DN: There are so many things that have drawn me to Baroque music, and that keep me coming back to it. This music is the backbone of modern classical music as we know it. Baroque music also allows me to compose alongside composers like Handel because the Italian da capo aria form has you return to the A section and sing it again with ornamentation. So this allows me to write my own ornaments, in a sense composing directly in the inspiration of Handel! This dichotomy between the structure and rules of Baroque music and the requirement to ornament according to one’s taste is amazing to me- this freedom within the form. The other thing I love about Baroque music is that you never feel stagnant or stale in a role even if you’ve done it before, because you can tailor your ornaments, tempo, interpretation according to the needs in any particular production of dramatic requirement. So every time I sing a big Baroque role, it is tailored and custom-made to fit the production, so it’s always fresh and new, and you can return to interpret pieces you know very well with new eyes.

SDO: Are there any dream roles that you would love to sing and why? And since we’re dreaming it doesn’t even need to be in your fach…

DN: Within my Fach, I would love love love to sing Massenet’s Manon one day- I just know this role has got my name on it, and I am waiting patiently until I’m vocally ready to take on this very demanding role in all its complexity!

SDO: What was your introduction to opera and how did you decide this was the path you wanted to pursue?

DN: I had been singing in perfect pitch almost before I could talk, but I would have been about 5 years old when I myself realized that I had a voice.My parents were instrumental in the birth of my dreams, because they were the ones who noticed that I has a special talent at such a young age, and they enrolled me in a number of classes to allow me to experience different activities and see what I enjoyed the most. I chose to become an opera singer because of all the things I studied as a child (Piano, Ballet, Jazz Dance, Tap Dance, Music Theory, Drama, and Voice), classical music was the thing that made me feel most special and distinguished. I think I realized even at 8 years of age (when I took my first classical voice lessons) that being able to produce a classically trained sound in my voice was a gift and something I couldn’t ignore. I also really really LOVED it, and still do- it’s like a love affair that continues even today!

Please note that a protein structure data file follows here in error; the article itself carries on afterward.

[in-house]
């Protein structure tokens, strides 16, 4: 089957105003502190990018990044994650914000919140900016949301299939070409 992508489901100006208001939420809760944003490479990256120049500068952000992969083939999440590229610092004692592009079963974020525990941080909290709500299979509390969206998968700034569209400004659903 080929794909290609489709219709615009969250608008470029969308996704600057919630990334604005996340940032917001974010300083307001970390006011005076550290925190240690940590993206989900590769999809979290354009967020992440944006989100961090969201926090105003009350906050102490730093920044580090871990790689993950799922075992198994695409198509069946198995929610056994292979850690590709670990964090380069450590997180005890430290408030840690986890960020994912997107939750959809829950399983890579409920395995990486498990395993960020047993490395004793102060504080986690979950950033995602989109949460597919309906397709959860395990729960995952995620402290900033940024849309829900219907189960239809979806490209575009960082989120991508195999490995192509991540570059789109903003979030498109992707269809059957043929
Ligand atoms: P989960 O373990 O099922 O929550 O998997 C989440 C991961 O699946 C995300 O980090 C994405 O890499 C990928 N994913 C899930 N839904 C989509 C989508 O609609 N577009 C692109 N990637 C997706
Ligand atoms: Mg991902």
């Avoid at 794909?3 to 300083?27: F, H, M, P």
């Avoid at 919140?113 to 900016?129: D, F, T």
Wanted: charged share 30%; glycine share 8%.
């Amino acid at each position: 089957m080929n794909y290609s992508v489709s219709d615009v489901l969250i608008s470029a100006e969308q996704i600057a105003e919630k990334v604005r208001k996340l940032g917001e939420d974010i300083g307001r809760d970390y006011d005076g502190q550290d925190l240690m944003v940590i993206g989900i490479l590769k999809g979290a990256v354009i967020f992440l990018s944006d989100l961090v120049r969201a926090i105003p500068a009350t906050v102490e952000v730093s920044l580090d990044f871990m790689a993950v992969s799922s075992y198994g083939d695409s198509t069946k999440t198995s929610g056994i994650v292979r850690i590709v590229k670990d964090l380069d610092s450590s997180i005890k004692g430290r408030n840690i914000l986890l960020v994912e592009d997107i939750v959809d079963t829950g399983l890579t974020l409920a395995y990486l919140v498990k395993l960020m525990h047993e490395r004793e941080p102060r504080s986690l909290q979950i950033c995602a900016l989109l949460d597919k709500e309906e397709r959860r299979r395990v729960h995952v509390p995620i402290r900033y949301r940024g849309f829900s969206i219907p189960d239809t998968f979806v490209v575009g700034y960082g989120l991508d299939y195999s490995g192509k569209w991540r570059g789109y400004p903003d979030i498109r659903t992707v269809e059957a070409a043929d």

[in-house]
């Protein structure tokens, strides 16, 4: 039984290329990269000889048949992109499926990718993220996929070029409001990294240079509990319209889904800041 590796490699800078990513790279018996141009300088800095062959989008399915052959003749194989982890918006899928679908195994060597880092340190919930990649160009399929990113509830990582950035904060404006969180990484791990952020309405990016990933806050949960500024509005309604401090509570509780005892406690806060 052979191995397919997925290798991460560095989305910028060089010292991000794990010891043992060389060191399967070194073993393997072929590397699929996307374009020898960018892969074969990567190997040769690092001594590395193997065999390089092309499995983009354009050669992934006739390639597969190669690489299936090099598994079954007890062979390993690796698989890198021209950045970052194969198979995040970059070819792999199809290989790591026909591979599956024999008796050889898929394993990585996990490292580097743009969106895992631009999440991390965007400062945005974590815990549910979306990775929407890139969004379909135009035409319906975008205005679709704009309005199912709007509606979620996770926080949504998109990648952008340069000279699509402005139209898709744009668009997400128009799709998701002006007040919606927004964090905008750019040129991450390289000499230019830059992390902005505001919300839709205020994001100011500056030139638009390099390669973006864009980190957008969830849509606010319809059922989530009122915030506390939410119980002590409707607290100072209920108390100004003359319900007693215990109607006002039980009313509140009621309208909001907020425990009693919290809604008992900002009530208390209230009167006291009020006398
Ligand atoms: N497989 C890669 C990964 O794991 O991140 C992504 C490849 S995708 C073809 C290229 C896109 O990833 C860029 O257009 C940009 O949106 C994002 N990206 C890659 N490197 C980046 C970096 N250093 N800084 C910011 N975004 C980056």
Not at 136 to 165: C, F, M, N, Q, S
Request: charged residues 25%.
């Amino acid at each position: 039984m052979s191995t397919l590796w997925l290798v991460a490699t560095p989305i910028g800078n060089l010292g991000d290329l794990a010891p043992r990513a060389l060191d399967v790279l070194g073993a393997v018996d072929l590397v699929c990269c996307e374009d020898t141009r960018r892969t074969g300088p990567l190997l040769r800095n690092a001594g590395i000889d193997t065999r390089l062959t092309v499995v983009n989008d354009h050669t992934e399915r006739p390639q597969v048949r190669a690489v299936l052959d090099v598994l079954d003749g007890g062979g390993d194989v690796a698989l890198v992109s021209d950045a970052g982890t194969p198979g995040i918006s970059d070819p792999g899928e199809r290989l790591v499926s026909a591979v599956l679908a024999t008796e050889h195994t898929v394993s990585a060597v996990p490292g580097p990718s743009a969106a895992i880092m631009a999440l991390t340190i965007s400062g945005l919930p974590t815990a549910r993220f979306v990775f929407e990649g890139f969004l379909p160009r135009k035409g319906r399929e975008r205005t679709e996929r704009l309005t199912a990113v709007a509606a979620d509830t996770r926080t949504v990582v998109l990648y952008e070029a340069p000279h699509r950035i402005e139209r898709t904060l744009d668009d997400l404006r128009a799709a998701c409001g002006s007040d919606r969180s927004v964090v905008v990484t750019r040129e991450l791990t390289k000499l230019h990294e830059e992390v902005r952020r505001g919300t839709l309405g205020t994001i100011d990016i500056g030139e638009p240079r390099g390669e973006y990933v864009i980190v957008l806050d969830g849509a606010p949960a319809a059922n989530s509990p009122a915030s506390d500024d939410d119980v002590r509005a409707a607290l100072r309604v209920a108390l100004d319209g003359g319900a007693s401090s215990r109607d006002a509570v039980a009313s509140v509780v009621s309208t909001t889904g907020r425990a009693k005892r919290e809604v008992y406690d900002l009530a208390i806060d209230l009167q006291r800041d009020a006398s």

SDO: Fill in the blank section: “If I was not an opera singer I would be...

DN: ...an olympic gold medalist in figure skating and ice dancing”

SDO:  Two parter: What’s your favorite part of being an international opera singer? What’s your least favorite part?

DN: Favorite Part- EVERYTHING! Least Favorite Part- packing suitcases and trying to fit everything in!

SDO: Some people say there is more to life than opera. We think they’re crazy too. But we’ll humor them: do you have any hobbies?

DN: I like watching films, so I suppose that’s a hobby of sorts.

SDO:  Do you have a book next to your bed? What is it?

DN: Right now the book I have near my bed is My Names is Memory by Ann Brashares (which my best friend has recommended to me) but I haven’t had time to start reading it! I also have my own personal diary which I’m 30 months behind on. My diary doesn’t even know I’m singing at San Diego opera, so I better get writing or I’ll never catch up!

SDO: Name three bands or musicians on your iPod that aren’t opera related.

DN: Daughtry, The Script, The soundtrack to Vicky Christina Barcelona, Dave Matthews Band, The Indigo Girls, Imogen Heap, Natasha Bedingfield, The soundtrack to Something’s Gotta Give, The New Radicals, Parachute, Alexei Murdoch, Owl City…. That’s just to name the sounds I listen to when I’m getting ready for a performance! 

And PS, Dear Danielle's Diary - Don Pasquale opens Saturday March 10, 2012 for four performances.